Chapter 6, ‘Evaluating and Reviewing Integration’, encourages leaders of integrated care to recognise the purpose and focus of a review undertaken before approaching the task. The key practical issues to be sorted before getting started with evaluation are listed and the ethics shortly discussed. The introduced common methods and tools to lead research and analyse data are again supported by case examples. Moreover, Chapters 7 and 8, ‘Working with Service Users and Carers’ and ‘Working with Staff’, discuss the ways to truly engage service users and staff in service design by enabling them to contribute their experience, knowledge and skills. Regarding service users and carers, the asset-based viewpoint of the authors highlights peer support, self-care and -management, and in terms of staff, interventions positively affecting and taking into consideration organisational culture and the needs of (inter-professional) team work.

Chapter 9, ‘Working with Processes and Systems’, moves from the individual and team levels into the supporting aspects. While it is noted that no one system or process approach will achieve integration, various ones can support it depending on the organisation’s needs, integration aims and desired outcomes. Examples such as IT, pooled budgets, care coordination and record keeping are presented and reviewed. The final building block ‘Sustaining and Improving’ in Chapter 10 describes how it can be ensured that an integrated care initiative keeps its focus and continues to improve. Aspects of leadership, engagement and resources are again highlighted. The reader learns that the end of an initiative does not need to be or should be the end of key transitions for different stakeholders.

All in all, Integrated Care in Action is well-written, easy to read and – with the practical case examples and the sparing use of academic references – easily approachable to a wide audience in practice-oriented roles. The book’s strength is in the tools, techniques and methodologies with which it provides the reader; these persist through time while academic and practical knowledge of integrated care develops and grows. The way the authors address the frustrations and anxieties related to integration is important since it keeps a doubtful reader interested and supports the reader despite possible earlier set-backs. Unlike many other publications in the field, the book identifies the significant role of community-based organisations as producers of integrated care in addition to the public health and social care sector. Furthermore, the importance of co-production and service user engagement is highlighted throughout the book. The structure arranged according to the building blocks of integrated care is clear and allows the reader to effortlessly find their topic of interest. The appendix of additional materials, as well as the helpful illustrations, complement the well-defined building blocks. A particular merit of the books is that it learns from both successful and unsuccessful integrated care initiatives and places an emphasis on the complexity of the operating environments. This represents the current realities in the field and guides the reader to overcome persistent barriers to develop and maintain integrated quality care.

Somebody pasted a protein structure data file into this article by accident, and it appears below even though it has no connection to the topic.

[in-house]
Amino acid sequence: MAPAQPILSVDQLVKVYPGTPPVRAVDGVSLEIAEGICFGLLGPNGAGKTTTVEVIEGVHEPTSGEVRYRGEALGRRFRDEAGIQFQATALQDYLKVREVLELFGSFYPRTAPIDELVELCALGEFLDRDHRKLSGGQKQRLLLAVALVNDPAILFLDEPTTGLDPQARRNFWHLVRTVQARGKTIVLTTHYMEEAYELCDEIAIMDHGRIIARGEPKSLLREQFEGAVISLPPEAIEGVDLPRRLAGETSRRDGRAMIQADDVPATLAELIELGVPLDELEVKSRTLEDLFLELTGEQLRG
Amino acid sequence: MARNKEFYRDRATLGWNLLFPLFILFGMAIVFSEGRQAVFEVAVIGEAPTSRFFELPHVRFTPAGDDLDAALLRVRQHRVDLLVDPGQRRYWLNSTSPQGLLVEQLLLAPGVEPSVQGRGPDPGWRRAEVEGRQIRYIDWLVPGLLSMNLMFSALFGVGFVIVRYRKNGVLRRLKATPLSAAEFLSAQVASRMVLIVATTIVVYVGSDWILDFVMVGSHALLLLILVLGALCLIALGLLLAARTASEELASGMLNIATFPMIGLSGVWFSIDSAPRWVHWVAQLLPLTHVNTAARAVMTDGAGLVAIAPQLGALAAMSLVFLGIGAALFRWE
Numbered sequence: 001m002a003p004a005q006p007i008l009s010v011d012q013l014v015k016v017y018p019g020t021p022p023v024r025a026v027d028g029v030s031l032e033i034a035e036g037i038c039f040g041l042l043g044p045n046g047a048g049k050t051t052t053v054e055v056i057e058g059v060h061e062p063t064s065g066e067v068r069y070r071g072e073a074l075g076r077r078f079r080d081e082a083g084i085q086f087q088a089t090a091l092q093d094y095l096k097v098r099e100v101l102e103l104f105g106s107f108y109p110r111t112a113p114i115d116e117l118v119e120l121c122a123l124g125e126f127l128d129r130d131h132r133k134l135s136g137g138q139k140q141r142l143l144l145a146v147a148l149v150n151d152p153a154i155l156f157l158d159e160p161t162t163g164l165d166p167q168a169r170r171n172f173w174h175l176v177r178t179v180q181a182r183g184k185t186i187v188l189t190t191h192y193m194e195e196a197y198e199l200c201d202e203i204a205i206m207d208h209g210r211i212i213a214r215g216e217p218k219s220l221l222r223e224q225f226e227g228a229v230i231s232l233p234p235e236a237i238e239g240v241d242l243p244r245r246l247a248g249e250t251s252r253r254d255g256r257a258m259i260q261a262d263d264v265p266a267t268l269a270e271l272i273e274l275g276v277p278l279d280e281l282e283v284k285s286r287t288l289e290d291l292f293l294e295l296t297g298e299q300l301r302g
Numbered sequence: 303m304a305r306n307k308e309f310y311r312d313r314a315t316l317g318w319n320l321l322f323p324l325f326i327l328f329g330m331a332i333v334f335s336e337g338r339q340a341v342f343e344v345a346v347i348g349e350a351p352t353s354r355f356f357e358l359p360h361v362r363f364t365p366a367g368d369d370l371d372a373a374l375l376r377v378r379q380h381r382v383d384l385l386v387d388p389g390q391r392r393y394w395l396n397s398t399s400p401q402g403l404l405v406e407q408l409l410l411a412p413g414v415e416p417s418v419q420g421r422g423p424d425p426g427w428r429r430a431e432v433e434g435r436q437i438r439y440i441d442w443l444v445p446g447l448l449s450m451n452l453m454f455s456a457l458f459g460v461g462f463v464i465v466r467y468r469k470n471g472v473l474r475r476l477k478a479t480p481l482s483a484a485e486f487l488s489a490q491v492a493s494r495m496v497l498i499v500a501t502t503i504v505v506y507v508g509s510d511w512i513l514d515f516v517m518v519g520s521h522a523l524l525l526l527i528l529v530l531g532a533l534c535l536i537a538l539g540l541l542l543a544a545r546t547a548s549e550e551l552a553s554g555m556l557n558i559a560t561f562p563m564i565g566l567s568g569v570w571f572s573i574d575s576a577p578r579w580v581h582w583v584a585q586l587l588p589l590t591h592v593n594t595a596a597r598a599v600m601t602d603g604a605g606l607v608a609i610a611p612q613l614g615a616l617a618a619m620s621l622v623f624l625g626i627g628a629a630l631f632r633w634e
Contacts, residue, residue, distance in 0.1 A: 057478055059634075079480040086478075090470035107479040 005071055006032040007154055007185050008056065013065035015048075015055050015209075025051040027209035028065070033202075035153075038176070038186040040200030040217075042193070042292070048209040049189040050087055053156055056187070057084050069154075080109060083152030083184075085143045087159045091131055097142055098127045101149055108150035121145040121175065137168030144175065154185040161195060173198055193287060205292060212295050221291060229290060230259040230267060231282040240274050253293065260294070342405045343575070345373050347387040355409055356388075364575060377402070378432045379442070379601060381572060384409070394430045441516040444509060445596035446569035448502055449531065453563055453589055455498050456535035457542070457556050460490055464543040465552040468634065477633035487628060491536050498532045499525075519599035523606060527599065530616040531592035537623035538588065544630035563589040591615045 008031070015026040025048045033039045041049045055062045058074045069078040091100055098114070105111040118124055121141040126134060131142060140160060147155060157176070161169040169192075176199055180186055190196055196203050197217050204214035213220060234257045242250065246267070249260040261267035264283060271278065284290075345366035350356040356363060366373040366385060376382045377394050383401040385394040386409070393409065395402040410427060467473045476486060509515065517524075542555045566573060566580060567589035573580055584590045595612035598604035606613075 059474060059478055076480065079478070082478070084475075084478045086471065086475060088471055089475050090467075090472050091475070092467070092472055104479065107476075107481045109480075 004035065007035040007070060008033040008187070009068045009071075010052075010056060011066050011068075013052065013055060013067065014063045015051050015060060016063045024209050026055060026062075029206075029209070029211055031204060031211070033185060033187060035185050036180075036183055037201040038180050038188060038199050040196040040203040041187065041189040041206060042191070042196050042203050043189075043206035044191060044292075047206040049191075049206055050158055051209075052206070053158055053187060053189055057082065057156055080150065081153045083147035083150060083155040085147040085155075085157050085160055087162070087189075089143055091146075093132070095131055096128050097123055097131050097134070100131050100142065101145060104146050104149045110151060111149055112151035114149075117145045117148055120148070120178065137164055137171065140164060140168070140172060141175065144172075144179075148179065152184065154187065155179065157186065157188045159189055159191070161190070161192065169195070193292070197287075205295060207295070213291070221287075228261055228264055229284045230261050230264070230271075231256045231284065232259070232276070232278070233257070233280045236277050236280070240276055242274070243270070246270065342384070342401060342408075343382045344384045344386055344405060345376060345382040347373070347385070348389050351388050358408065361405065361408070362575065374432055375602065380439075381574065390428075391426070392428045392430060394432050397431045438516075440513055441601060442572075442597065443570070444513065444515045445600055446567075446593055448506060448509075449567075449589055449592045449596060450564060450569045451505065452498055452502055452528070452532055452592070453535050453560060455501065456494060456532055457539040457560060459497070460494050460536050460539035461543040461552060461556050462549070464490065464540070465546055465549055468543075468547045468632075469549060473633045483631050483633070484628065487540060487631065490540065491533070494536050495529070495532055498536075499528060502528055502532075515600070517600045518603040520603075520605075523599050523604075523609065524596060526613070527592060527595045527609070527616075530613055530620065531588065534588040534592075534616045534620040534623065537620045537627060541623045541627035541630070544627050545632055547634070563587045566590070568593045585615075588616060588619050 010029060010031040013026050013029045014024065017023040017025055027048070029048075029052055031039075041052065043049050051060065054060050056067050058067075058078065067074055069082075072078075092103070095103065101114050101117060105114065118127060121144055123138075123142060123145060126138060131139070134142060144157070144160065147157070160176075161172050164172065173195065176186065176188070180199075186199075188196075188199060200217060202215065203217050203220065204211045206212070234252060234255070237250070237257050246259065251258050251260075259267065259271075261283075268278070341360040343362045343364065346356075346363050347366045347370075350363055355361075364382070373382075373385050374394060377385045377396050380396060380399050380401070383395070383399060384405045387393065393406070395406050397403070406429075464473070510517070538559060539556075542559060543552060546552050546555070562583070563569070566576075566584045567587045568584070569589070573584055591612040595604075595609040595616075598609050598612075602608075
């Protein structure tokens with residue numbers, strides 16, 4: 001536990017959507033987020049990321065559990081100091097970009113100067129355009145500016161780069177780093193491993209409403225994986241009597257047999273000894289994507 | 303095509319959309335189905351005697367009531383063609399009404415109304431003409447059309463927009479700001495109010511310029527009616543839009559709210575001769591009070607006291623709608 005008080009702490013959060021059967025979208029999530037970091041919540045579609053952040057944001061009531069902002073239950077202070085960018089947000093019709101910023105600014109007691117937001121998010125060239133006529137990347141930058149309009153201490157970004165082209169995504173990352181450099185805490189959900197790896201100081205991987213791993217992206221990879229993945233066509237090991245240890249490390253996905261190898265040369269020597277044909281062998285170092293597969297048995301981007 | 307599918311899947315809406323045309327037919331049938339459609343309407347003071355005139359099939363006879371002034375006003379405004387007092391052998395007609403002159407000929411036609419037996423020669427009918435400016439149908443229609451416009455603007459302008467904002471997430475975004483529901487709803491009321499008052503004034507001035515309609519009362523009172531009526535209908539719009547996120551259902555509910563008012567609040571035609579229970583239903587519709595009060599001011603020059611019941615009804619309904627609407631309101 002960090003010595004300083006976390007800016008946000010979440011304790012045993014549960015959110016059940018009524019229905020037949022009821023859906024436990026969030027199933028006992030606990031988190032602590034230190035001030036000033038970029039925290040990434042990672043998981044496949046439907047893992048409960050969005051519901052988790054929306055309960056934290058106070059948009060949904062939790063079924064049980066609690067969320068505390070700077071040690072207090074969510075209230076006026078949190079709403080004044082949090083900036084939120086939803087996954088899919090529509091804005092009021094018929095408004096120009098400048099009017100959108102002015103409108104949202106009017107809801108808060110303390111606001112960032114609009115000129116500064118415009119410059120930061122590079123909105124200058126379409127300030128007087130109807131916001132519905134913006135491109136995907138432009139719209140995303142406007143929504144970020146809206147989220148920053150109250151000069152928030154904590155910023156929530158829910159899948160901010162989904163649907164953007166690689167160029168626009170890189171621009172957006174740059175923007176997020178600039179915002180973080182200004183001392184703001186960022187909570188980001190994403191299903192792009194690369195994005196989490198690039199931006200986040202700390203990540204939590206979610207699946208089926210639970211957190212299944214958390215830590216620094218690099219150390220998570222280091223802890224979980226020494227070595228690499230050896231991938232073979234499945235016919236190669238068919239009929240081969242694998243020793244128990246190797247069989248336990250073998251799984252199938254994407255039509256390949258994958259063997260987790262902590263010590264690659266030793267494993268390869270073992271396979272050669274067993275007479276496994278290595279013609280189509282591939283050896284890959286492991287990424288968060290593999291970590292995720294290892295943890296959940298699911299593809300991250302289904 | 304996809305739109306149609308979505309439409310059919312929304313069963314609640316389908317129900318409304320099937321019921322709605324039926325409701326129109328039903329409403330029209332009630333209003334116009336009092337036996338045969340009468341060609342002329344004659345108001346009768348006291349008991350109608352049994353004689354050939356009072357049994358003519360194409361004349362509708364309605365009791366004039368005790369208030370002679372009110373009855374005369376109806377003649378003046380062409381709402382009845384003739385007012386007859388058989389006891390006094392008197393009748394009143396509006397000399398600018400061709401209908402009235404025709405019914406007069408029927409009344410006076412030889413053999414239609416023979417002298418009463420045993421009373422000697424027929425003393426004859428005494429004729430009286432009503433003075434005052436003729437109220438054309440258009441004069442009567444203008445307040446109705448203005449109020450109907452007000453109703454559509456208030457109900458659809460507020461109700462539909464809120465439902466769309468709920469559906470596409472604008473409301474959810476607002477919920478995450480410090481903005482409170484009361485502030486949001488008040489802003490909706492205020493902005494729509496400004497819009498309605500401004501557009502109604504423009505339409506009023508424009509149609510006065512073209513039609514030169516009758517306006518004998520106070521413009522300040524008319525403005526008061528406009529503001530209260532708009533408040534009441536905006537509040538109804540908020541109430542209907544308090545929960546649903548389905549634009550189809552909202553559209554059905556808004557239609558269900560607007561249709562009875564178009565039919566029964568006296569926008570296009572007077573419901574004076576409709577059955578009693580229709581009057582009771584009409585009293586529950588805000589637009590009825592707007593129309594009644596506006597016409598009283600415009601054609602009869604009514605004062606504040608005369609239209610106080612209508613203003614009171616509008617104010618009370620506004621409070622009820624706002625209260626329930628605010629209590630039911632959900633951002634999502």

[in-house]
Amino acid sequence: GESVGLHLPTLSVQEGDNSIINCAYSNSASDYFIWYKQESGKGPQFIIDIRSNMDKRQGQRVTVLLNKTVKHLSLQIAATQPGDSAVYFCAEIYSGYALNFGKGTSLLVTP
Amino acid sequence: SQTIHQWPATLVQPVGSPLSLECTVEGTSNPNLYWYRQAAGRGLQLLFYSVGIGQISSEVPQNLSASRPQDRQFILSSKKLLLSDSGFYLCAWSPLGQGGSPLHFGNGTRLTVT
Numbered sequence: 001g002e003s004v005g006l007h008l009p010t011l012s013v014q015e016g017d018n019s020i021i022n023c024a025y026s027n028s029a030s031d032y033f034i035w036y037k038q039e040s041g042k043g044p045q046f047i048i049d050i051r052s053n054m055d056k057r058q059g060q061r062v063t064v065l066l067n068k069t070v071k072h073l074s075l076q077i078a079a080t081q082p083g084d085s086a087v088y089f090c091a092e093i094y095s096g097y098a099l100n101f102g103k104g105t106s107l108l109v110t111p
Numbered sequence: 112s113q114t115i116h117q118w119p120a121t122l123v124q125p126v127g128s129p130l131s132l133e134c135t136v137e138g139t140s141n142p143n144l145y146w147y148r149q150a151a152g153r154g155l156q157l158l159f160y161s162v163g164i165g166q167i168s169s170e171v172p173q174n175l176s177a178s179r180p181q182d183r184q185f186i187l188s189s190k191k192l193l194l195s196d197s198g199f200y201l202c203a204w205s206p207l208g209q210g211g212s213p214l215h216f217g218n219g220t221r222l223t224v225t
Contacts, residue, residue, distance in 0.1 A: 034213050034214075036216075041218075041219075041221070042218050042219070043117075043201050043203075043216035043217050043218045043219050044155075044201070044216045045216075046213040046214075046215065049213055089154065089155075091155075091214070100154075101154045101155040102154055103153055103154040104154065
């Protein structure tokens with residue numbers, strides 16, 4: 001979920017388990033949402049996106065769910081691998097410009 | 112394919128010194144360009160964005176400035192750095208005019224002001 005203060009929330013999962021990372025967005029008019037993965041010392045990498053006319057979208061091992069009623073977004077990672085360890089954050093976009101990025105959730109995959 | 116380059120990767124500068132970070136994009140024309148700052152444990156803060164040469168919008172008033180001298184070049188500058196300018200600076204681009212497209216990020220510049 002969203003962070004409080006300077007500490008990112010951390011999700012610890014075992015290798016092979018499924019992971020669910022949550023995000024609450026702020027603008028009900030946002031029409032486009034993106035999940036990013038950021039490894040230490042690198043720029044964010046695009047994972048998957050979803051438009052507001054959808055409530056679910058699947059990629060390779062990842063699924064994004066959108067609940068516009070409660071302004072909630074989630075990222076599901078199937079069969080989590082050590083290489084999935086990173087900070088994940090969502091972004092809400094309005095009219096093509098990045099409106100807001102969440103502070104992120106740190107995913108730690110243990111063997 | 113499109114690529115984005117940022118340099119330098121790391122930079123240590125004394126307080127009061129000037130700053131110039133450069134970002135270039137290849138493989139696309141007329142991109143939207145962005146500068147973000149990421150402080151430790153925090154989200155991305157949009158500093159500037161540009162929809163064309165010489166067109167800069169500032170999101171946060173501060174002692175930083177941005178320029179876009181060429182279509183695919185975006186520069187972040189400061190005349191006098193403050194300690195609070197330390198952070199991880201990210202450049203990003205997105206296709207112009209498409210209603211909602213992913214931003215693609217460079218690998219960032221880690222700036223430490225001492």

While the authors target the book primarily towards leaders in the domain of integrated care, the book provides a comprehensive yet easy-to-grasp introduction to integrated care for students, care practitioners or indeed anyone interested in understanding, developing and evaluating human-centred, effective, and quality care. As a minor pitfall, the case studies presented in the book are largely taken from the context of the UK, whereas a range of international cases might appeal to a more international audience. The authors, nonetheless, admit that knowledge of integrated care is situated in time and place and encourage feedback and interaction with their readers in the conclusion.

Competing Interests

The author has no competing interests to declare.